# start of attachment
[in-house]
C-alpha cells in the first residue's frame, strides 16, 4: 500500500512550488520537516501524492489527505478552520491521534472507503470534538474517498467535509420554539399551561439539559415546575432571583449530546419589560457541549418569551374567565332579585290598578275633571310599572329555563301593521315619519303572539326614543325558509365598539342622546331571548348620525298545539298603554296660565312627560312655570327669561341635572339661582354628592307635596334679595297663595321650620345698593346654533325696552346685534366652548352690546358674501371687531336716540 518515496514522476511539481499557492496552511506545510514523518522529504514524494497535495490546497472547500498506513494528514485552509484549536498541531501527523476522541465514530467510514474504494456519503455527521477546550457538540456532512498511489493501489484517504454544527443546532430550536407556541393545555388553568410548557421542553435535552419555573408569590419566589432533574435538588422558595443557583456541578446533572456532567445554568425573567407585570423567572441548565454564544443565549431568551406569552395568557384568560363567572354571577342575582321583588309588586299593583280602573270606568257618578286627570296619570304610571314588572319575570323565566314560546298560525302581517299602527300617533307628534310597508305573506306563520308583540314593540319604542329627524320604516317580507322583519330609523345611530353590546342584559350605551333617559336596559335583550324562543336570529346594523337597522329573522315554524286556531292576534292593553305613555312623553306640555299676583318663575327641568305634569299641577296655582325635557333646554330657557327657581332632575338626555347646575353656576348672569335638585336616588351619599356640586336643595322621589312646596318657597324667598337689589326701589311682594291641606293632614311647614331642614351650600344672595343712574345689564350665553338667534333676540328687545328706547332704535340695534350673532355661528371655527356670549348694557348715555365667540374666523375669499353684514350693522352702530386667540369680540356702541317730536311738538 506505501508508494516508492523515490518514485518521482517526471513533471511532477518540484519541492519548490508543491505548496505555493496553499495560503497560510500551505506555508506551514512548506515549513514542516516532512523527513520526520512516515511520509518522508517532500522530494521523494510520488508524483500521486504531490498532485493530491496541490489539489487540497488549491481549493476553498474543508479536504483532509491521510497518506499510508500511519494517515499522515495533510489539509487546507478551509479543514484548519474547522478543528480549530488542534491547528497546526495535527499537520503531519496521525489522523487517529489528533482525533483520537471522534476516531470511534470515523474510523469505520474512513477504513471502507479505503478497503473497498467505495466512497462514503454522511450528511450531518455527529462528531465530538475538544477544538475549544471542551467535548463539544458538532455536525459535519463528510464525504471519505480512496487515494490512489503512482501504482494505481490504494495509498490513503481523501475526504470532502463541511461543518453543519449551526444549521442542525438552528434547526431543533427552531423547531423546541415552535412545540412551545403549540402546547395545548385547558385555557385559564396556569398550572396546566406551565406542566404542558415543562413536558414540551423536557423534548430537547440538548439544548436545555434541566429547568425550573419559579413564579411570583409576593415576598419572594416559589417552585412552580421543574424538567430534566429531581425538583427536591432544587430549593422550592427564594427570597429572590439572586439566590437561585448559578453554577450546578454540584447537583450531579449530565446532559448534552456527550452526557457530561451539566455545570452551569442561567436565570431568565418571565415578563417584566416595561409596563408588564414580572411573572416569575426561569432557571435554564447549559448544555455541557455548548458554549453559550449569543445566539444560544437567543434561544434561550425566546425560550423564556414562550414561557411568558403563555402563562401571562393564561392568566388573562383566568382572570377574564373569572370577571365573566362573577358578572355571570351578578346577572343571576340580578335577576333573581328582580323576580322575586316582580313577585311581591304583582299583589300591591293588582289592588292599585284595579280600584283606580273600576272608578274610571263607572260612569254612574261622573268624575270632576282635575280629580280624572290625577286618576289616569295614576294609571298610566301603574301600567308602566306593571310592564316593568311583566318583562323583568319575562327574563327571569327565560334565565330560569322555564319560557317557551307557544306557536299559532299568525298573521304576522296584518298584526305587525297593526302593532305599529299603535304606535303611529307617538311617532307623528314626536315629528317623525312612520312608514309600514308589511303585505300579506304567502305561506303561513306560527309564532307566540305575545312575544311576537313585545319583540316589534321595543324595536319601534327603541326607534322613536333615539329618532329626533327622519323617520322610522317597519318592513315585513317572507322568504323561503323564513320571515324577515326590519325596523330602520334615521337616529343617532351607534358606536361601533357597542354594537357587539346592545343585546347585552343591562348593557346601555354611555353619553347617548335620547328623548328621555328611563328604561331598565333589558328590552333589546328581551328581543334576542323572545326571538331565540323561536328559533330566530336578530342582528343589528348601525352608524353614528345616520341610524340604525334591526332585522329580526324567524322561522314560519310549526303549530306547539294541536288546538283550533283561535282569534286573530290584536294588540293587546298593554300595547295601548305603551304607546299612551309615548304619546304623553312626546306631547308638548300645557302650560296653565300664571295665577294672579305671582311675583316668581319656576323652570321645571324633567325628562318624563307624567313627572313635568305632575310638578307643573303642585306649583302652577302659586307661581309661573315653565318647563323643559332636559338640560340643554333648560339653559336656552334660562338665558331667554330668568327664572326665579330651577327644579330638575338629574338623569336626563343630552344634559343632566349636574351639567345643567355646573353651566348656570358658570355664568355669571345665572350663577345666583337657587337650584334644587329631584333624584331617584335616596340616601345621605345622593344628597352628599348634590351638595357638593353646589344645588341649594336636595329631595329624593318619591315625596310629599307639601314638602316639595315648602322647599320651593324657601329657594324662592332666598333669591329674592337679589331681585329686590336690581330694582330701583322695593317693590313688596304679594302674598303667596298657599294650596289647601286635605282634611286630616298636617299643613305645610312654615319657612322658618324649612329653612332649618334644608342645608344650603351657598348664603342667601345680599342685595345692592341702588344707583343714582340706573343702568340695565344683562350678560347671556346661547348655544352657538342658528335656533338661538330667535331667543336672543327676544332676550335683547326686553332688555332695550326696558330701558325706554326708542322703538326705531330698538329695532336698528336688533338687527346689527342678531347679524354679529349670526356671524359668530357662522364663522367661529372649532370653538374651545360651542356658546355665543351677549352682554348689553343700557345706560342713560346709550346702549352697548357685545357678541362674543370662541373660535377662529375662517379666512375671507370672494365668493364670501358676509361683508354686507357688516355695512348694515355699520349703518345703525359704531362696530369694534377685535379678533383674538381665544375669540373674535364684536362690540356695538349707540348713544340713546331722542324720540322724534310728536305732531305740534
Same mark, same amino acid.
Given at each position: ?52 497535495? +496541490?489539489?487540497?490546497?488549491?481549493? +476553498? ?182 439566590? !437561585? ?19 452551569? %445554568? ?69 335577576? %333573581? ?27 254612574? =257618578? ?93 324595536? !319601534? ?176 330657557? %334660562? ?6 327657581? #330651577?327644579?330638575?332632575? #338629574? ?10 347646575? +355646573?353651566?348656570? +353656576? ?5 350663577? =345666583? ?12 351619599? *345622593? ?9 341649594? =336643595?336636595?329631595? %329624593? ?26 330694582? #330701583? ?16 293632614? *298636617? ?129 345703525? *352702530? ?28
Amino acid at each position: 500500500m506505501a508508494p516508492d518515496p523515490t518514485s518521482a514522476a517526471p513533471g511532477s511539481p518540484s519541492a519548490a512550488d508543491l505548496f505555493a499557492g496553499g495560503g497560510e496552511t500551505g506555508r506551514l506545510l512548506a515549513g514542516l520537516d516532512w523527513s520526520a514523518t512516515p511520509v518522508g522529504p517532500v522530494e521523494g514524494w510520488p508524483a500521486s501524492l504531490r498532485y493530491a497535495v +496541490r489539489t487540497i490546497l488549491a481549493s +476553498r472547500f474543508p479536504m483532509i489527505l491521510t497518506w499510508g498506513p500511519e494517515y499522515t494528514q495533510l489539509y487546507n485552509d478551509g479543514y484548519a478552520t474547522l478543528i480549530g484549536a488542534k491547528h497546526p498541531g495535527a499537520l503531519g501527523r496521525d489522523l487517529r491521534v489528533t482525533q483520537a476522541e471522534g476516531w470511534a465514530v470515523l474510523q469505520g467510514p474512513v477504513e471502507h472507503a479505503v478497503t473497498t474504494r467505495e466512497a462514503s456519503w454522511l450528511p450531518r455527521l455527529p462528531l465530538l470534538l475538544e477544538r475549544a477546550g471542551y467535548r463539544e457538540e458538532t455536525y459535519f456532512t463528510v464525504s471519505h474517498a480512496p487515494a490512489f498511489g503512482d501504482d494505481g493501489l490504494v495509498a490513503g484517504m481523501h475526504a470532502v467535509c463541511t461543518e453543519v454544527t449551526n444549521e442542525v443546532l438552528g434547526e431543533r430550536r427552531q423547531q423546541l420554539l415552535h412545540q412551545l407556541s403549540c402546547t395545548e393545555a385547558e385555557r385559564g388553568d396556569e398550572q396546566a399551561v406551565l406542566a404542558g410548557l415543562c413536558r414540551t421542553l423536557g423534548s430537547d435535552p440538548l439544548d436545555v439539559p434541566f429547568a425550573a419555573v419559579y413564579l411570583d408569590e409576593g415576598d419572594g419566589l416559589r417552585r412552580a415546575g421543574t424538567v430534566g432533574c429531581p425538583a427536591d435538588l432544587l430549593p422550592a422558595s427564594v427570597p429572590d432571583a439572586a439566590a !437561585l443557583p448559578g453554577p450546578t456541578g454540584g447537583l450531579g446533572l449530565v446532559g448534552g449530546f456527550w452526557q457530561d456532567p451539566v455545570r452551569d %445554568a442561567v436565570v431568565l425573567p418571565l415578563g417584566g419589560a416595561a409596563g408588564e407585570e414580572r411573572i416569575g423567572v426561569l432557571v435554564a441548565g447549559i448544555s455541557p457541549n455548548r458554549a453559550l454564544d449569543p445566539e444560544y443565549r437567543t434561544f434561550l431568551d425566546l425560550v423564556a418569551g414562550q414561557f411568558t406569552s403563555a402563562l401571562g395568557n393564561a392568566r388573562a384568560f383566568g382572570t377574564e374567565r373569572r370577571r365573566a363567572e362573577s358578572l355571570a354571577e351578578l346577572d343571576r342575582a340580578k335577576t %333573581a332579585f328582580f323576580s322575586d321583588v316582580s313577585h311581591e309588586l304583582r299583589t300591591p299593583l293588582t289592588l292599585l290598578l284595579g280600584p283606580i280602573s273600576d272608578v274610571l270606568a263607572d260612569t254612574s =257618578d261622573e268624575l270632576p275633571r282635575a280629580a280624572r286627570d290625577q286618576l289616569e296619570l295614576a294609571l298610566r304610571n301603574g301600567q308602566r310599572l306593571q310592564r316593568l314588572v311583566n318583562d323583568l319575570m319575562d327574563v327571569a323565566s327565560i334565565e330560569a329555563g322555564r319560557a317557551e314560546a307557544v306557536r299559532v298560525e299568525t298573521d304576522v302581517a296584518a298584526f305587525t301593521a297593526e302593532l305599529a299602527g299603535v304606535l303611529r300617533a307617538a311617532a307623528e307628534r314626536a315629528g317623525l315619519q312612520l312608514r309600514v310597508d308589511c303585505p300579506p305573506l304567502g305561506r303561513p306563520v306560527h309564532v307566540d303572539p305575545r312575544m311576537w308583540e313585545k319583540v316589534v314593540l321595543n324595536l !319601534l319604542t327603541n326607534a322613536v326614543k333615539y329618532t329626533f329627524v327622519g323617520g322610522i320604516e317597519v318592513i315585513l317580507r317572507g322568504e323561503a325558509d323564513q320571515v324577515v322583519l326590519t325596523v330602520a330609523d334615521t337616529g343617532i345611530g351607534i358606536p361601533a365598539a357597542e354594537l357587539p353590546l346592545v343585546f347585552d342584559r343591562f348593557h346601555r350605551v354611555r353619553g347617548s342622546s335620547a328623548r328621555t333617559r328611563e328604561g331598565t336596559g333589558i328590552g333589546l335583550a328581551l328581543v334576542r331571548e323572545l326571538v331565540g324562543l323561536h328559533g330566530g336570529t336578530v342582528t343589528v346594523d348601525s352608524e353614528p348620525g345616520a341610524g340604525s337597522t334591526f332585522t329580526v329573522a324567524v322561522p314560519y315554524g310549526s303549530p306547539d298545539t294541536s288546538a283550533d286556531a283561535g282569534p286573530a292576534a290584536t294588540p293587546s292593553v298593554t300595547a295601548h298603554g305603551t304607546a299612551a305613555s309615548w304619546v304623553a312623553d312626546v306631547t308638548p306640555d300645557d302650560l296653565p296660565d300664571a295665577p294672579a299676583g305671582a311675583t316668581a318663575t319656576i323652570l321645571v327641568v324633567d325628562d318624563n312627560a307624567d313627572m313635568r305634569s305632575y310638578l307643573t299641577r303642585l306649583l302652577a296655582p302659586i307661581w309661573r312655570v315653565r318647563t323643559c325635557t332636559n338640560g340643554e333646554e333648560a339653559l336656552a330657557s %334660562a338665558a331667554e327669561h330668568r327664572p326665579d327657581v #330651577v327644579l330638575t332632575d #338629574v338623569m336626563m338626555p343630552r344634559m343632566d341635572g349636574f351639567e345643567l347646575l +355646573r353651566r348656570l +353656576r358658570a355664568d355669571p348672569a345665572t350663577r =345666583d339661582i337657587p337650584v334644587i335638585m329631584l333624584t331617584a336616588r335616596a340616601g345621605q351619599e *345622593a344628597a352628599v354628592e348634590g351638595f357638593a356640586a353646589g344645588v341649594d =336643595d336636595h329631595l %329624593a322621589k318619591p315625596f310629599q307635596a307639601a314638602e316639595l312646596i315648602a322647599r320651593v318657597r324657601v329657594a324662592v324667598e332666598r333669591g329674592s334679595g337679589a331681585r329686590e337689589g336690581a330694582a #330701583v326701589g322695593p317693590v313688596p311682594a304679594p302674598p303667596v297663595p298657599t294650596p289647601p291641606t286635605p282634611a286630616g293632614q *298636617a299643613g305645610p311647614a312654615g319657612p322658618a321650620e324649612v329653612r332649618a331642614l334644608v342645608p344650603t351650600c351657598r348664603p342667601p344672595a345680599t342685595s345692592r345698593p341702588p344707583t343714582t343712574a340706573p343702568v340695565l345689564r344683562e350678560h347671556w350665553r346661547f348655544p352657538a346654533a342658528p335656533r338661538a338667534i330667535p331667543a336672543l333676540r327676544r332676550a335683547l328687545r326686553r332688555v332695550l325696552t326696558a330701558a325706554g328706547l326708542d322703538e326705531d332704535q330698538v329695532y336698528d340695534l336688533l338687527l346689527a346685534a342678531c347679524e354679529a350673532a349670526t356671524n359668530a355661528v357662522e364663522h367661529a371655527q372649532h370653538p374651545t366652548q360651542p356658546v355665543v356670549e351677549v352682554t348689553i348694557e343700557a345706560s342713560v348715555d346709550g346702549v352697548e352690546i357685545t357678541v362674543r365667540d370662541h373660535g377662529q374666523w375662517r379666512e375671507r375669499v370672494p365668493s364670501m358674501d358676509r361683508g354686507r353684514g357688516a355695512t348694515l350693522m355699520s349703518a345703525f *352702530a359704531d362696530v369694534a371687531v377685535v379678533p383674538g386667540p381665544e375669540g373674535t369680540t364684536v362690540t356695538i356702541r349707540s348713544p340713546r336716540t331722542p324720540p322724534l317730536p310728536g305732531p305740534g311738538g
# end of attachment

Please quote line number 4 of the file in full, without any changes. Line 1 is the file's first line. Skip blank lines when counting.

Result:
Given at each position: ?52 497535495? +496541490?489539489?487540497?490546497?488549491?481549493? +476553498? ?182 439566590? !437561585? ?19 452551569? %445554568? ?69 335577576? %333573581? ?27 254612574? =257618578? ?93 324595536? !319601534? ?176 330657557? %334660562? ?6 327657581? #330651577?327644579?330638575?332632575? #338629574? ?10 347646575? +355646573?353651566?348656570? +353656576? ?5 350663577? =345666583? ?12 351619599? *345622593? ?9 341649594? =336643595?336636595?329631595? %329624593? ?26 330694582? #330701583? ?16 293632614? *298636617? ?129 345703525? *352702530? ?28